In one of my past posts, I’ve try to use 2 identical I2C devices on the same bus. Mario Vernari who help me for another problem on my Lego city and with whom I’ve exchange a bit to find other solutions help me there two. Mario is coming from the electronic side and I come from the software side. So he can correct me when I’m wrong with my electronic . And I was quite wrong with the previous solution trying to switch on and off the power of the sensors. Mario gave me couple of good reasons:
“First off, any silicon embeds diodes, thus -even unpowering a device- there’s a non-zero current flowing into. In this case, through the SCL/SDA lines, via pull-ups.
Secondly, you’re using sensors, and they typically need a certain time to settle their internal state, reach the steadiness, etc. There are also "smarter" sensors, which perform a kind of auto-calibration when they are powered up. If you switch off, you’ll lose those benefits.”
And he gave me a tip: “use a 74HC4052”. So lets go and see what it is. It’s a switch for analog signals. You have 4 inputs (named Ya, a = 0 to 3) and 1 output (named Z). But they are 2 ways. So when you have selected one line, you can send signals in both ways. And there are 2 of those in the chip (naming will be nY and nZ, n = 1 and 2).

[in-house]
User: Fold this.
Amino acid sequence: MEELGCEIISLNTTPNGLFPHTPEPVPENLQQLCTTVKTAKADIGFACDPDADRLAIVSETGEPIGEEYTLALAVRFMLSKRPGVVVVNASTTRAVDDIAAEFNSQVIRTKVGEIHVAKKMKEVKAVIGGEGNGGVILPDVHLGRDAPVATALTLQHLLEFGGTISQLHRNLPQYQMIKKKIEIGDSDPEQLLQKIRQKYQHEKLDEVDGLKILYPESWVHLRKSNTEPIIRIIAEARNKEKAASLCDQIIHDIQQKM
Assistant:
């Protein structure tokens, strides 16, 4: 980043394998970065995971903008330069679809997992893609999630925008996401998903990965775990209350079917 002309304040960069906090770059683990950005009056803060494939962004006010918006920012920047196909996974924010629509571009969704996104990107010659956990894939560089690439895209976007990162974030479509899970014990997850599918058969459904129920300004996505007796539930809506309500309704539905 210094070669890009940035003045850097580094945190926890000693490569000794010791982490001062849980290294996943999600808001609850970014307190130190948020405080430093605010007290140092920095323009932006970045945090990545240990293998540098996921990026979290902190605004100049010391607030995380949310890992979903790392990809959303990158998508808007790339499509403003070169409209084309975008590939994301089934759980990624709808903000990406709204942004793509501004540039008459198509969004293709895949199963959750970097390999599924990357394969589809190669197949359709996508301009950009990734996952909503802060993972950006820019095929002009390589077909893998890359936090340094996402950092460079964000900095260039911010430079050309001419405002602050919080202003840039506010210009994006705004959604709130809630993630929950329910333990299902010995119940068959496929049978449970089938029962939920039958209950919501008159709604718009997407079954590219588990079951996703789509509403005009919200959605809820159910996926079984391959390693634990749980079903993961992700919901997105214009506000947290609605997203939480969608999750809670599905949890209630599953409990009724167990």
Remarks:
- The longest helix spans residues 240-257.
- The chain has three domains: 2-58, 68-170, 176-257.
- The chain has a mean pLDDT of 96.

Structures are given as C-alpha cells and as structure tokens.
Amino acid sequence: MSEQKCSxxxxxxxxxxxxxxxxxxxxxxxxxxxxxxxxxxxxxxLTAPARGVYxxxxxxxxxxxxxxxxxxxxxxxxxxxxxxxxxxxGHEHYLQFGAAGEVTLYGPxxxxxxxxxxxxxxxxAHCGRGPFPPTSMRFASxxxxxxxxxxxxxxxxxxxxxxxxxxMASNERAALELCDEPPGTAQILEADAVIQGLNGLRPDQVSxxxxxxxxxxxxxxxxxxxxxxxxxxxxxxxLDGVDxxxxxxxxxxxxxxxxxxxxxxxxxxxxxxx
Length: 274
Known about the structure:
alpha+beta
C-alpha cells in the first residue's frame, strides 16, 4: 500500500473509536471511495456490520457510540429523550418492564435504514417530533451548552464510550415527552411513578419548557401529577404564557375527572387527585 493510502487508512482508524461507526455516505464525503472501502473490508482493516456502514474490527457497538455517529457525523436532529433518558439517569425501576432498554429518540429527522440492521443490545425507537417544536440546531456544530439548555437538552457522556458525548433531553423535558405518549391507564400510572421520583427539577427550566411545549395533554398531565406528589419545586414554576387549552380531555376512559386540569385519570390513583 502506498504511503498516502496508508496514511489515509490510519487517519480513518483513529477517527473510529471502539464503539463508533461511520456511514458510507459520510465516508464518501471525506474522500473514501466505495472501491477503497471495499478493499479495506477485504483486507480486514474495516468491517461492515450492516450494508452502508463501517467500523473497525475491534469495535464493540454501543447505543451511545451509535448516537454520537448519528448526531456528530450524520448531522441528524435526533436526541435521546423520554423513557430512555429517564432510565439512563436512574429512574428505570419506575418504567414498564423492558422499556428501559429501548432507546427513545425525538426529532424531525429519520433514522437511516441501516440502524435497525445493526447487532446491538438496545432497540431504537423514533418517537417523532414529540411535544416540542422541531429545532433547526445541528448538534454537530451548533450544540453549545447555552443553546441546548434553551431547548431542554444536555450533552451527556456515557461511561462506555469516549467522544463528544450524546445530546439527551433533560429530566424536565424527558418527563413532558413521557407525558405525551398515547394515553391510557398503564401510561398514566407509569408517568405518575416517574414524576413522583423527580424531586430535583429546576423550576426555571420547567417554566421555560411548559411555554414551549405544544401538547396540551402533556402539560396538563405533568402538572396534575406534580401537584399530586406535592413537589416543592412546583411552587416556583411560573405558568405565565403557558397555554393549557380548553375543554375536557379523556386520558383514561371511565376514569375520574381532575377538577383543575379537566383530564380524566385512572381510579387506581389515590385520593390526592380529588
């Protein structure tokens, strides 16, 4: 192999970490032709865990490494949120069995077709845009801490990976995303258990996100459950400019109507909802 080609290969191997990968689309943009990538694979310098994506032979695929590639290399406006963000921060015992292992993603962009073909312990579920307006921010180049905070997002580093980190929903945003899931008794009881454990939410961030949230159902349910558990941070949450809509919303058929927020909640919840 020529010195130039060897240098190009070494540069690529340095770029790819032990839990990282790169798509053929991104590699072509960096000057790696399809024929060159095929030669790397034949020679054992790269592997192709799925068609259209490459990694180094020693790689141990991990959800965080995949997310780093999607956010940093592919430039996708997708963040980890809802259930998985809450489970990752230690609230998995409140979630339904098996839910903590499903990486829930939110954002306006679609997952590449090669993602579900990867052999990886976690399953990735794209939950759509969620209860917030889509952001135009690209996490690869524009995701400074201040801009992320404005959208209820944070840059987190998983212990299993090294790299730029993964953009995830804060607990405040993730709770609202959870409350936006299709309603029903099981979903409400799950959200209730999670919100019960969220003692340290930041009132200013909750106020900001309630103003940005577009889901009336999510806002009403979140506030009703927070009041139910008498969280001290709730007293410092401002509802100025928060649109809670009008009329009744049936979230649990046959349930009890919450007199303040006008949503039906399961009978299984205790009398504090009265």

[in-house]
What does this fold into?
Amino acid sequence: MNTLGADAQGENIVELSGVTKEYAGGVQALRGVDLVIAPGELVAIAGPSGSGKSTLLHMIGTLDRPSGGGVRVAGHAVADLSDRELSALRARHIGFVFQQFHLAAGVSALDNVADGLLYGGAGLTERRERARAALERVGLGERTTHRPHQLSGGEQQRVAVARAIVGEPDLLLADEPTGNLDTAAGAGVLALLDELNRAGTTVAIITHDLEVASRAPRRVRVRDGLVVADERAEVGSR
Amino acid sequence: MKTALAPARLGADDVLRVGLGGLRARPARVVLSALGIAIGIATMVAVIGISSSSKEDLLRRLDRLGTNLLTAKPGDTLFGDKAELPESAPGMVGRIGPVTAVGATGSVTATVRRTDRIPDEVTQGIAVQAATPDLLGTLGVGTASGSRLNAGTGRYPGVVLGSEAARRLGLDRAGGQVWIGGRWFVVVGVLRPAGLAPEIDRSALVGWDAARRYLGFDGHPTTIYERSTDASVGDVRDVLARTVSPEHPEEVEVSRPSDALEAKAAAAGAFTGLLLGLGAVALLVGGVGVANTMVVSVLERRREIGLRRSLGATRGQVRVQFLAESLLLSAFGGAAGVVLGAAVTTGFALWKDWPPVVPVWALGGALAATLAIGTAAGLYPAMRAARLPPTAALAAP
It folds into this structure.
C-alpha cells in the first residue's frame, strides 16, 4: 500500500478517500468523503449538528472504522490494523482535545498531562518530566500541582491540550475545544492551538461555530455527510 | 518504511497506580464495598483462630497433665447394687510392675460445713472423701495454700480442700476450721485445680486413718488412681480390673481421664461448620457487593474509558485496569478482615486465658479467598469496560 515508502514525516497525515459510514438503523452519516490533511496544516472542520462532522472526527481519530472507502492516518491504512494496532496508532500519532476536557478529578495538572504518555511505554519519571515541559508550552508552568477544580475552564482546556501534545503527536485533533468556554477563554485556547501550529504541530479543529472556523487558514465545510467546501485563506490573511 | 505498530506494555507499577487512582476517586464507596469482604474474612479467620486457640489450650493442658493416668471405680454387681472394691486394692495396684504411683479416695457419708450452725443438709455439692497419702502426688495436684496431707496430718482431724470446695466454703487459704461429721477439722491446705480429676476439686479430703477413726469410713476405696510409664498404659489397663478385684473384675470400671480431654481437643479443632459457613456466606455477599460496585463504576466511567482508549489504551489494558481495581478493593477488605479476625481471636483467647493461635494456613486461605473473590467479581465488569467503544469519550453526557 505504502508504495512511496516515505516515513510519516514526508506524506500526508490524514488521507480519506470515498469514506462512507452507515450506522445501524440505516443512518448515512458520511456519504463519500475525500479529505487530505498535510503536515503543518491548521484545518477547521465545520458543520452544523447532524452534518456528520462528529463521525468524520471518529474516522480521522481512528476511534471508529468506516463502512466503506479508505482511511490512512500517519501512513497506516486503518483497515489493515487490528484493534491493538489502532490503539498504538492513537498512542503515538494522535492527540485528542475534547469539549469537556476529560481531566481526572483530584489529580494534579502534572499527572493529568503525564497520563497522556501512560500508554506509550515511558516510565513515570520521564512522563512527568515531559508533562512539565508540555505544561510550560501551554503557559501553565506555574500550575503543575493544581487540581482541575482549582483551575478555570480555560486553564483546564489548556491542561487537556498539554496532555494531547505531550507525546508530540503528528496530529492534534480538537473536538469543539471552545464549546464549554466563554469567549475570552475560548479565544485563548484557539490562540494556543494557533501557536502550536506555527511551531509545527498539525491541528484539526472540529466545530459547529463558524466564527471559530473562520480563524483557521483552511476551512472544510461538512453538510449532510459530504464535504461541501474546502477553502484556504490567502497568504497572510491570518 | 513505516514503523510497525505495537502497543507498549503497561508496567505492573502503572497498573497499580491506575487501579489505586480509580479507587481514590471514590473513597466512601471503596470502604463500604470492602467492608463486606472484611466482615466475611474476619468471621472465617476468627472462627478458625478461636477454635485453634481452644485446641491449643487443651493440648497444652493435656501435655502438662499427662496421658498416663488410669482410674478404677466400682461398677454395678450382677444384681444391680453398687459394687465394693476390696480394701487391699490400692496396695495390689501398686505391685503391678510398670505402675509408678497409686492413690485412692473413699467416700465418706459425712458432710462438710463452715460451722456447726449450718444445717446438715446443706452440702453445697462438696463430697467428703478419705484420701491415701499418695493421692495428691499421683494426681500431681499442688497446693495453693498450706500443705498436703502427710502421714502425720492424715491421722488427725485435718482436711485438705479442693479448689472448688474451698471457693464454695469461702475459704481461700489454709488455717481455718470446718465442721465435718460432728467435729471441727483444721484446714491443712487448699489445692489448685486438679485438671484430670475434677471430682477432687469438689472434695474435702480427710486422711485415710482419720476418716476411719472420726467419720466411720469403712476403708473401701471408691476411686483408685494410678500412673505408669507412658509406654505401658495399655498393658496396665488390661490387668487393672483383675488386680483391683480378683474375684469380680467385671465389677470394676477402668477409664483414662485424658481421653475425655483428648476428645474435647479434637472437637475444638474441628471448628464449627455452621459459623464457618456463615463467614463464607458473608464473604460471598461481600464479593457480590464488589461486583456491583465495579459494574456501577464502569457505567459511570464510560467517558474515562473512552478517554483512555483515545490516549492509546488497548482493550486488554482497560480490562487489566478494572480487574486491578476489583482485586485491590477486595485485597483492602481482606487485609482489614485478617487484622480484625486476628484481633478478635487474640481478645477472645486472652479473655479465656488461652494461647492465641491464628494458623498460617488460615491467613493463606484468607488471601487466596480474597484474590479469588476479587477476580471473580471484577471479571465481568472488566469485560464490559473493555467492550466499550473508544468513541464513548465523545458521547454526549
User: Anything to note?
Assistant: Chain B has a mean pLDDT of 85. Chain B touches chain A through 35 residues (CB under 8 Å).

That allow to switch the overall SDA and SCL bus to the right sensor. And this will allow to pilot up to 4 identical sensors. The selection of the line is made by the S0 and S1 with the following rule:
|L||L||L||nY0 and nZ|
|L||L||H||nY1 and nZ|
|L||H||L||nY2 and nZ|
|L||H||H||nY3 and nZ|
So regarding the code I wrote for the previous post, it will remain the same! It will work exactly the same way. What is changing is the electronic part. And here is the new design:
Mario also give me the following advice: “Note that when you cut off a device, you should provide the pullups anyway”. So That’s what I did by putting the pullups for each component.
Now it’s working and much better as the line switch is really fast and there is no need to wait for a long time to read the data. So thanks Mario for the tip!